Google Now, the intelligent personal assistant bundled into Android andÂ Googleâ€™sÂ search application, is already adept at bringing you the information you need at the right time, whether thatâ€™s traffic alerts, event reminders, sports scores, stock updates, weather, flight info, and much more. But one area where Google Now falls a little short is in customizing the assistant more precisely to yourÂ needs.
Today, this is done via a series of on/off toggle switches in the appâ€™s settings, which is a bit hidden, as well as by tapping on individual items where you can tell the app youâ€™re â€œnot interestedâ€ in that card, or that news source.
However,Â a new feature in the works called â€œExplore Interestsâ€ appears it will give users more control over what sort of information Google will track on your behalf, and will makeÂ it easier to tell Google exactly what sort of information you want to hear more about.
The feature was spotted in the wild by the blog Android Police, which claimed it may be rolling out slowly. However, a Google spokesperson confirmed â€œInterestsâ€ isÂ an experiment that the company is testing with the look-and-feel of the product, adding that Google has nothing to announce at this time.
With â€œExplore Interests,â€ Google is offering a different way to track news and other topics, beyond allowing Google to passively determine this information based on things like search history or location. The app informs users they can â€œpick teams, bands, movies, and moreâ€ and a click-through takes them to a screen where there are colorful tiles forÂ sections like â€œSports,â€ â€œTV,â€ â€œMovies,â€ â€œMusicians,â€ â€œPeople,â€ â€œStocks,â€ and more.
As you dive into each section, you can browse through cards of individual items across a number of subcategories, then click plus (+) signs to add the item to the list of things youâ€™re tracking.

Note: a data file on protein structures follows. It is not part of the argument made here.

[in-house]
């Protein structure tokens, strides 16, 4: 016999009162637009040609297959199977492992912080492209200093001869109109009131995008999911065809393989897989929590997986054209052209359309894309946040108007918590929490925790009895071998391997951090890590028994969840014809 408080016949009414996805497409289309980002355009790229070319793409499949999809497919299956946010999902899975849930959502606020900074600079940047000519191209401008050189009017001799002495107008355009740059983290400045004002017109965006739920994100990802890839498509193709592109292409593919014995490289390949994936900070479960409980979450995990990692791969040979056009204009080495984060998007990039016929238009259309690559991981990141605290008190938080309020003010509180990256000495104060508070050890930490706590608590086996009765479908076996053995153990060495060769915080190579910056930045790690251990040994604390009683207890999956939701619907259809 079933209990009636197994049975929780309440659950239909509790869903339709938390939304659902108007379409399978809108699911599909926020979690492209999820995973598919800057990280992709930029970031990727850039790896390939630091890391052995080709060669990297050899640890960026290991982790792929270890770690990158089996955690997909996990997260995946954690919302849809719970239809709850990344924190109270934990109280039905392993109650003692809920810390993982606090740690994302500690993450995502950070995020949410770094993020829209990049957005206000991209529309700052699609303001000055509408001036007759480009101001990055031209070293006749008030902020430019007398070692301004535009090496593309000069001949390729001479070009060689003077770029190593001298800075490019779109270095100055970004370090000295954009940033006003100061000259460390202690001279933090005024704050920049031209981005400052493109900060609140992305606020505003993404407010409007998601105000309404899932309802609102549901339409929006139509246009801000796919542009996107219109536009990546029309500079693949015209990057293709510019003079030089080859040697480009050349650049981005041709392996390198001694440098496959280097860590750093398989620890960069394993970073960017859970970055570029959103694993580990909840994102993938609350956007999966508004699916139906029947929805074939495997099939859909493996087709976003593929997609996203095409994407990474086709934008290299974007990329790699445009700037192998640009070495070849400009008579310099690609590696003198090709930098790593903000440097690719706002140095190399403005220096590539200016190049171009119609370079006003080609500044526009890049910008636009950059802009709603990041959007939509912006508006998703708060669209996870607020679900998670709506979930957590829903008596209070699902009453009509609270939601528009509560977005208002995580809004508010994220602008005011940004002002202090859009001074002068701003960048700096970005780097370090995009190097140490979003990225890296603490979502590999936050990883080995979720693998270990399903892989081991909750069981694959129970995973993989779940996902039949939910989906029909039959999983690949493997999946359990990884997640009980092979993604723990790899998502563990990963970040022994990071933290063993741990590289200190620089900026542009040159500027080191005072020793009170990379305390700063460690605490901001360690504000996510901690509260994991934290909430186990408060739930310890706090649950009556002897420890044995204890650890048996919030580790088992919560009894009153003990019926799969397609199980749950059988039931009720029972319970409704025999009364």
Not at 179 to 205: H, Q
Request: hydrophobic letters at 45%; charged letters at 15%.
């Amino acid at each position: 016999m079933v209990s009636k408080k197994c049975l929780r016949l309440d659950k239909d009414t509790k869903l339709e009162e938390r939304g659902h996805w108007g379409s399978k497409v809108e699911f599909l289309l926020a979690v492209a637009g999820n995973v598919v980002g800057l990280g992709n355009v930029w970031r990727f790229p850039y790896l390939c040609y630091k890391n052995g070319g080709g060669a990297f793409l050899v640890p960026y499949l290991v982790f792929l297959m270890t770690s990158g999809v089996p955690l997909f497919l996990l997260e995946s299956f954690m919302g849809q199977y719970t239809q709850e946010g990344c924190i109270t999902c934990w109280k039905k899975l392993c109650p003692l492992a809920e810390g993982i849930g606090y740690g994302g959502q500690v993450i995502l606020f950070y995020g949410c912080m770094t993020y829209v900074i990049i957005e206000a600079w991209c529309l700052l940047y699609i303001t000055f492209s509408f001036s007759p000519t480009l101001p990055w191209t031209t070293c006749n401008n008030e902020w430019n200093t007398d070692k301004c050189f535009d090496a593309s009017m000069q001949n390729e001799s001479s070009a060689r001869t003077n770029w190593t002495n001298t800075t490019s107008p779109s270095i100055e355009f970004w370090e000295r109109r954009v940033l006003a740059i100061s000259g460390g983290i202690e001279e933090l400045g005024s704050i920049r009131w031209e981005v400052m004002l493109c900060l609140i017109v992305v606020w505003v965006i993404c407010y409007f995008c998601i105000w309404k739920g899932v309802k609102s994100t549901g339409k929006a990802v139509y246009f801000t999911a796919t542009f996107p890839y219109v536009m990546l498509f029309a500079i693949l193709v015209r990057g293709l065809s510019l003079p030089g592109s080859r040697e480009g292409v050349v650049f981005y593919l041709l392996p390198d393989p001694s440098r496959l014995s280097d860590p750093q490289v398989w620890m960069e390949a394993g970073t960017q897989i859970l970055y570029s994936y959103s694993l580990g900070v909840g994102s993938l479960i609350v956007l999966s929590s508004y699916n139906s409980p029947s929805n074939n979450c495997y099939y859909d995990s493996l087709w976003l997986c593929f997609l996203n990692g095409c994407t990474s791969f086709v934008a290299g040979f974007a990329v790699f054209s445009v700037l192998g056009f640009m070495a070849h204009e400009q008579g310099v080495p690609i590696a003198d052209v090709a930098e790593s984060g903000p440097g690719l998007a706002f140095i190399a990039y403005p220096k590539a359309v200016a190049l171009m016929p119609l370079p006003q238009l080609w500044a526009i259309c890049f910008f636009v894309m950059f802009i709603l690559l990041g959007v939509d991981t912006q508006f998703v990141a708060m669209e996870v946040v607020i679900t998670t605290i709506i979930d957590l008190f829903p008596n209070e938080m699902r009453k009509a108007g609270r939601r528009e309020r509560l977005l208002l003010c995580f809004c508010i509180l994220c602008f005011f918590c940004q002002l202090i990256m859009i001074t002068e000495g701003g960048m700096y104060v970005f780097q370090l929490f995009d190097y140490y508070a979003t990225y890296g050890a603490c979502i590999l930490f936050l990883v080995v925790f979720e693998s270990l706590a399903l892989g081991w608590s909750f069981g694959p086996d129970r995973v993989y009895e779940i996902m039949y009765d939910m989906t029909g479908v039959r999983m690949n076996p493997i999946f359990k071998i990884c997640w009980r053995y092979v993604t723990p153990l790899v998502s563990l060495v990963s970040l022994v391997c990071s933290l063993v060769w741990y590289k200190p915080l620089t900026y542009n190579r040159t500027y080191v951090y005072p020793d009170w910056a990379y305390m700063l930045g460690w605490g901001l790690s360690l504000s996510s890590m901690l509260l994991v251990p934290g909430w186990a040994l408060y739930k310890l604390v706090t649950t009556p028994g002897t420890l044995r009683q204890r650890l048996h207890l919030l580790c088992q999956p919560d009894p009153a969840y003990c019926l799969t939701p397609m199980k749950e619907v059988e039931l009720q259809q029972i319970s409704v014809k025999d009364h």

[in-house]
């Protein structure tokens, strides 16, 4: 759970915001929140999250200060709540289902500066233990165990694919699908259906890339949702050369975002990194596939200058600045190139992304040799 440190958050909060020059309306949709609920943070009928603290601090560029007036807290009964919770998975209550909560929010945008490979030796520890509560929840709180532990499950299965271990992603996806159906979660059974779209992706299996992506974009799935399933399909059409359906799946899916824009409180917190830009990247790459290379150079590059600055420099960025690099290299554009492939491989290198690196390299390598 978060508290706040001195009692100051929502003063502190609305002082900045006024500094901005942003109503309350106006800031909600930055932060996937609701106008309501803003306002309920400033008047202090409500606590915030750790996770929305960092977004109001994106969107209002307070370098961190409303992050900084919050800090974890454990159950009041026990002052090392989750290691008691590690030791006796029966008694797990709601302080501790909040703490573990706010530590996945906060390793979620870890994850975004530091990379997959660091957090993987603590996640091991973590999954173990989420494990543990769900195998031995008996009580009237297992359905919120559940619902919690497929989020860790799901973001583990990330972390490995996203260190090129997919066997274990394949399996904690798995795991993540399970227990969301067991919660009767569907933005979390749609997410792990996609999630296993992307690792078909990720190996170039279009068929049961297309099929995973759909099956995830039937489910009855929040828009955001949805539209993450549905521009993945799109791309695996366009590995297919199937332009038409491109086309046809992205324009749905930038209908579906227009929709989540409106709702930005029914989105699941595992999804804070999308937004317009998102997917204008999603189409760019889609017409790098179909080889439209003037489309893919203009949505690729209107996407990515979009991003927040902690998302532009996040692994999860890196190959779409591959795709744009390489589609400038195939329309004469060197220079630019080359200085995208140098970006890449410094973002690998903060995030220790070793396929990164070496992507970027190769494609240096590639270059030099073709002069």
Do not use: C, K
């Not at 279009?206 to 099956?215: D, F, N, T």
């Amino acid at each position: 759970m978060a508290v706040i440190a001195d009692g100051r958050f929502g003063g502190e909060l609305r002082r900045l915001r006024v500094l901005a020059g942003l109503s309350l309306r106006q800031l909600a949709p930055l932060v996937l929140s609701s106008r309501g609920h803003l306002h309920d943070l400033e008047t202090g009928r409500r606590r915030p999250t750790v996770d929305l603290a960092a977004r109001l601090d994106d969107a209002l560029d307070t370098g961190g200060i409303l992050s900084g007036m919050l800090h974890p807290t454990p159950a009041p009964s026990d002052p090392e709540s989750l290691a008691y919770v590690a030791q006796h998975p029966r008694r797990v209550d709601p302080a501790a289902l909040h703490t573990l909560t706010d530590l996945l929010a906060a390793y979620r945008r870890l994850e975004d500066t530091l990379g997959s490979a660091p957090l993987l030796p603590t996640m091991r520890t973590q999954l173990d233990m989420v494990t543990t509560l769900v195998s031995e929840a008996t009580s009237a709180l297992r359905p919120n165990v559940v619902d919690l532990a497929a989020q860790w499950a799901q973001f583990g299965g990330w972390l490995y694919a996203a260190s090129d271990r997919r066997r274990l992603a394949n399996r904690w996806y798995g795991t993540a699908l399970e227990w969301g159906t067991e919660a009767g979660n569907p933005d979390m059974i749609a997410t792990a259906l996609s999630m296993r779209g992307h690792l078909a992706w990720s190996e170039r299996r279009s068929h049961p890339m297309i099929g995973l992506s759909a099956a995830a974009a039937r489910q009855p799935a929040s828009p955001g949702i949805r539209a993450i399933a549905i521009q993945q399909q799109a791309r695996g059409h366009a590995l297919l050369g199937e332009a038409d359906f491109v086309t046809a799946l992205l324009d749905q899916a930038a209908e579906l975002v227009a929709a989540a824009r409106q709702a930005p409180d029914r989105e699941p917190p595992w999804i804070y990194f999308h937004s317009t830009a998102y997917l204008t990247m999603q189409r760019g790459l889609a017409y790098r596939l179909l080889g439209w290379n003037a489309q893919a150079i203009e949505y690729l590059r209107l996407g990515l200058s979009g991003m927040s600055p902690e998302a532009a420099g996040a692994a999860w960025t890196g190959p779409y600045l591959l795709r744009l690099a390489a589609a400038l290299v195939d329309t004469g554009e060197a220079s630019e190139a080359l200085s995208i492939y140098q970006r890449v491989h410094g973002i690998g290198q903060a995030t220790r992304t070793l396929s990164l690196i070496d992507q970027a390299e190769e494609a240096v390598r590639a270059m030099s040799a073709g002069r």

For example, under the â€œTVâ€ categories, thereâ€™s a subsection of just â€œRealityâ€ TV shows, with items like â€œThe Voice,â€ â€œAmerican Idol,â€ â€œThe Bachelor,â€ and others available to track with just a tap. Meanwhile, the â€œPeopleâ€ section may show you cards for politicians like Clinton and Trump, as well as athletes, actors and other figures.
As you browse through these sections, you can also see which topics areÂ â€œPopular in Your Area,â€ which gives the Google Now interests feature a bit of local flair.
The idea of using Google to track very specific information is something thatâ€™s been around for ages, dating back to the launch of Google Alerts. A number of startups also arrived over the years, trying to bestÂ the Google Alerts experience,Â but most have beenÂ focused on the â€œsocialâ€ mentions space. Google Nowâ€™s (hopefully) forthcoming â€œInterestsâ€ section will instead offer a similar tracking ability, but bundle it into the app that usersÂ launch daily.
Being able to better customize the Google Now assistant is something that comes at a critical time for the company, as Appleâ€™s Siri is making its way onto Mac in addition to iOS and Apple TV, Cortana is bundled into Windows and canâ€™t be entirely shut off,Â and Amazonâ€™s Alexa platform is making strong headwayÂ into the customerâ€™s home through itsÂ Echo speaker and other devices. Google, therefore, is challenged to not only make its assistant practical and proactive, in terms of offering things you need to know â€“ like when to leave for your meeting â€“ but inÂ making it a tool thatÂ tracks those things you want to know about, too.
Image credits: Android Police